When you step on the scale and see a three to five pound gain the day after a holiday meal, you are not likely seeing true weight (or fat) increase. What you are seeing is some fluid retention from excess sodium and carbohydrate consumption. A one to two-pound weight gain over the whole six to eight-week holiday time is a more accurate number. It helps some people to weigh daily to help keep them on track, for others that get discouraged by the ups and downs naturally seen each day, weighing consistently once a week or every couple of days may be more beneficial. If you have heart disease, you should weigh yourself daily since a change of three or more pounds in one day can be a sign of your heart’s health.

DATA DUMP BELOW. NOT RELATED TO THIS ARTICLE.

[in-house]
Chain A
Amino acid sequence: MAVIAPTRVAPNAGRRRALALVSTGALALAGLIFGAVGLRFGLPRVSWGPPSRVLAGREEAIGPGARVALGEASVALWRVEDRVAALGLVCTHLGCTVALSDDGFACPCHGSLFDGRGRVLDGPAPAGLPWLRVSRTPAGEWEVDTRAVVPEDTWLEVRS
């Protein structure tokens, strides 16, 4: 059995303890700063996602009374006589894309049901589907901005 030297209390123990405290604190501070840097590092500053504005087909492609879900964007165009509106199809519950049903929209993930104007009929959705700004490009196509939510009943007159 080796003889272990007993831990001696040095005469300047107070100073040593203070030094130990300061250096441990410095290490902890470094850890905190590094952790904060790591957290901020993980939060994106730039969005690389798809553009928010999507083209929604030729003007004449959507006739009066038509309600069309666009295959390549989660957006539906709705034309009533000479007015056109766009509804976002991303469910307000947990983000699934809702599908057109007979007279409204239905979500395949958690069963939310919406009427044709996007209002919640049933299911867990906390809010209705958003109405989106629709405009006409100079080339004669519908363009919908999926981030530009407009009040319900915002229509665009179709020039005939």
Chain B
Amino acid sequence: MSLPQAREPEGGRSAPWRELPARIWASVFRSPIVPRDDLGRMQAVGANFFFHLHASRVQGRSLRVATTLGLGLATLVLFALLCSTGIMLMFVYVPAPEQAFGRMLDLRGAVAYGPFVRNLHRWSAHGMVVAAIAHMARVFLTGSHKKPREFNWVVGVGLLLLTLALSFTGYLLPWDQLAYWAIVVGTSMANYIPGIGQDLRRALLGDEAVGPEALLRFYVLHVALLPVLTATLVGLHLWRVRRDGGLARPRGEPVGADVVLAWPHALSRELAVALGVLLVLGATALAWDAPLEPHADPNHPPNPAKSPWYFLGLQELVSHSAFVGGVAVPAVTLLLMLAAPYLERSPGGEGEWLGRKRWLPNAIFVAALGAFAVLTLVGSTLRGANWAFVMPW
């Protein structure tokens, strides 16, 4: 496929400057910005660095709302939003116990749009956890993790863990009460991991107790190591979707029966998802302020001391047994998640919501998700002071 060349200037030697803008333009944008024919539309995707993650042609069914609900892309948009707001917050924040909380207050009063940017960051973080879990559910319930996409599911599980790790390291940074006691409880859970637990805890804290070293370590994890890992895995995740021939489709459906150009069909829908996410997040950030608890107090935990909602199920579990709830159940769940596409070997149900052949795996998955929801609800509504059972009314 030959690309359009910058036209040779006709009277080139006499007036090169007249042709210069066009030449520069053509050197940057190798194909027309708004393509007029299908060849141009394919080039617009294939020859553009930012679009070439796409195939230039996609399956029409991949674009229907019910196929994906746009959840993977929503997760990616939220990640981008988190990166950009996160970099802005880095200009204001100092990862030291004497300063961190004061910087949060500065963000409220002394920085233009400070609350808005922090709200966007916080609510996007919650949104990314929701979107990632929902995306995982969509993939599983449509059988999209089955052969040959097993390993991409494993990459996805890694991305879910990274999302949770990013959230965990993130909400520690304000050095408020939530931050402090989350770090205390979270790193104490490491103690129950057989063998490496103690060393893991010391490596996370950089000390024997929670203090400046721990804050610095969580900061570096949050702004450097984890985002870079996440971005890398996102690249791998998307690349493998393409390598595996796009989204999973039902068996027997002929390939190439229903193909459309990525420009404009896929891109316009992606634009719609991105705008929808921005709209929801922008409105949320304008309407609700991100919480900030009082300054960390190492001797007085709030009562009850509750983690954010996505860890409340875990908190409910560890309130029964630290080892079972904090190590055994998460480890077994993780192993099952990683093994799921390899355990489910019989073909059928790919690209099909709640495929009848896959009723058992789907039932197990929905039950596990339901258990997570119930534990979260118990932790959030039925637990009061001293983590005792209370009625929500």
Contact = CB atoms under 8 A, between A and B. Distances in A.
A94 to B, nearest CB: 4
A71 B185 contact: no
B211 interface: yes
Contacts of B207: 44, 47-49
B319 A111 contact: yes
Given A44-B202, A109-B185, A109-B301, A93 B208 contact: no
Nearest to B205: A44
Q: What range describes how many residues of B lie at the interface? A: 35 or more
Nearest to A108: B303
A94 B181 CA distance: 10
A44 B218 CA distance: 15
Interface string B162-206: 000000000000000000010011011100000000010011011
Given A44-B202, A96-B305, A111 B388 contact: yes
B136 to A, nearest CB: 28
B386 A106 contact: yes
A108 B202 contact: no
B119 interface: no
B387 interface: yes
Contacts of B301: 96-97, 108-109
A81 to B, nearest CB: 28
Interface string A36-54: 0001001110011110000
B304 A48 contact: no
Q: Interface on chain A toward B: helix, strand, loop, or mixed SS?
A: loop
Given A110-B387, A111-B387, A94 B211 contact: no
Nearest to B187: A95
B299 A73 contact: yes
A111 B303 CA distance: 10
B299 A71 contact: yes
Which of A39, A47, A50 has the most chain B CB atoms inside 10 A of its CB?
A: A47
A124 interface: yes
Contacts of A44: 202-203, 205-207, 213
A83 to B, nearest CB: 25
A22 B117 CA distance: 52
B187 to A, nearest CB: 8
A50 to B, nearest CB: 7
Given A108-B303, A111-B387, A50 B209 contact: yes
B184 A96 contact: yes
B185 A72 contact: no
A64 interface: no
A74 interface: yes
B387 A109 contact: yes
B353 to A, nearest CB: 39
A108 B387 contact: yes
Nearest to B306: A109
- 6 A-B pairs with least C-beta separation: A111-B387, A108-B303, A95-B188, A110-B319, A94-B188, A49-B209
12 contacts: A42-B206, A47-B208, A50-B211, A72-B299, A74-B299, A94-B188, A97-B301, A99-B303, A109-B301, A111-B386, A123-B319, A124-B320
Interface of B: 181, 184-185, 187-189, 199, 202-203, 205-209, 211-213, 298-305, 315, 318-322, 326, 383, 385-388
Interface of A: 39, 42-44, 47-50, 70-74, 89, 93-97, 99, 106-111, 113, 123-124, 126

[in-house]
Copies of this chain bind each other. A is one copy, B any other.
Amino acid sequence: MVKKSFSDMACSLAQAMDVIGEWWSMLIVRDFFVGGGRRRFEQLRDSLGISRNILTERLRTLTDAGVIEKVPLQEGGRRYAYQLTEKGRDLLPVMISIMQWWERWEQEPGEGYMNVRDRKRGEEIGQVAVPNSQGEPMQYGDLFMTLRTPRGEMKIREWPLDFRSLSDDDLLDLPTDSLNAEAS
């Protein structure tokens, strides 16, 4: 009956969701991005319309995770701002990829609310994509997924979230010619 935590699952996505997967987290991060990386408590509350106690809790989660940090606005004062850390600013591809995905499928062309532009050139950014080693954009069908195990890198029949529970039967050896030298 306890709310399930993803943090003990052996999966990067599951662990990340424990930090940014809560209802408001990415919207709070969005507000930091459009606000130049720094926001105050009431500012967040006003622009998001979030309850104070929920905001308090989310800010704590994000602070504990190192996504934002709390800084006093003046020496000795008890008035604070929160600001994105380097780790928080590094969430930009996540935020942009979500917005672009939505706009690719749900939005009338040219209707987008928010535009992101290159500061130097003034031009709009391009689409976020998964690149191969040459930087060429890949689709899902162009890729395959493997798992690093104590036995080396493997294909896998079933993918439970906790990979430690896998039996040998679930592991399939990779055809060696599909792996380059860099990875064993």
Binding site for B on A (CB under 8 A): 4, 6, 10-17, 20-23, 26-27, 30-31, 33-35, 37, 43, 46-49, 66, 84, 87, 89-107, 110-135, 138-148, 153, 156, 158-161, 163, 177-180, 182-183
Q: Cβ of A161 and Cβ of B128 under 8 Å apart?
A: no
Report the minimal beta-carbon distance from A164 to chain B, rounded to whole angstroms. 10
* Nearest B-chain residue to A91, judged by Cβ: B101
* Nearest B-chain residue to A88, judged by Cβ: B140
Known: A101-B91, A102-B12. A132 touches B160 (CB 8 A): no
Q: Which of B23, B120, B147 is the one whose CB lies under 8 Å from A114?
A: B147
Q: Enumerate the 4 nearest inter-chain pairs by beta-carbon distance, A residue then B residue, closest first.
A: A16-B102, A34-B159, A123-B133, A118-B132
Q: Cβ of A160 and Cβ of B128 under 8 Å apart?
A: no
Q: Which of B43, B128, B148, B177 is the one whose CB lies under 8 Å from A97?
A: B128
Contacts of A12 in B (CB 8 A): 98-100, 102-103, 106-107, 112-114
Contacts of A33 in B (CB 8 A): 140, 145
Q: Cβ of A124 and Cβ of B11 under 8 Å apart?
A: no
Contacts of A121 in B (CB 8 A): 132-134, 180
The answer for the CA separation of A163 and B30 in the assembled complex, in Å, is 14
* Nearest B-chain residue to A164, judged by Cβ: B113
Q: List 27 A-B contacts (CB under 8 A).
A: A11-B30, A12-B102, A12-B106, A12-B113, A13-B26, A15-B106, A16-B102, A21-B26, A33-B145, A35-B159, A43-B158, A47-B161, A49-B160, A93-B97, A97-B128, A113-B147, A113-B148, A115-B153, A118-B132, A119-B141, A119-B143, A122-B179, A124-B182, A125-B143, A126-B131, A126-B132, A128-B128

High Cholesterol Foods Raise Blood Cholesterol Levels
Foods that are high sources of cholesterol (like shrimp and egg yolks) actually do not impact the cholesterol levels within your body. If you have elevated cholesterol, specifically low-density lipoprotein or LDL, think of it more like plaque accumulation and that saturated fat is the main culprit. Choosing lower saturated fats as well as avoiding trans-fat consumption, increasing fiber intake and daily exercise can all help to reduce your LDL, but the need to avoid shellfish and eggs is outdated and unnecessary. So, when you’re planning your new year meals, incorporating lean proteins like shrimp and eggs can be a helpful way to add variety and flavor into your diet.
Full Fat is Better than Fat-Free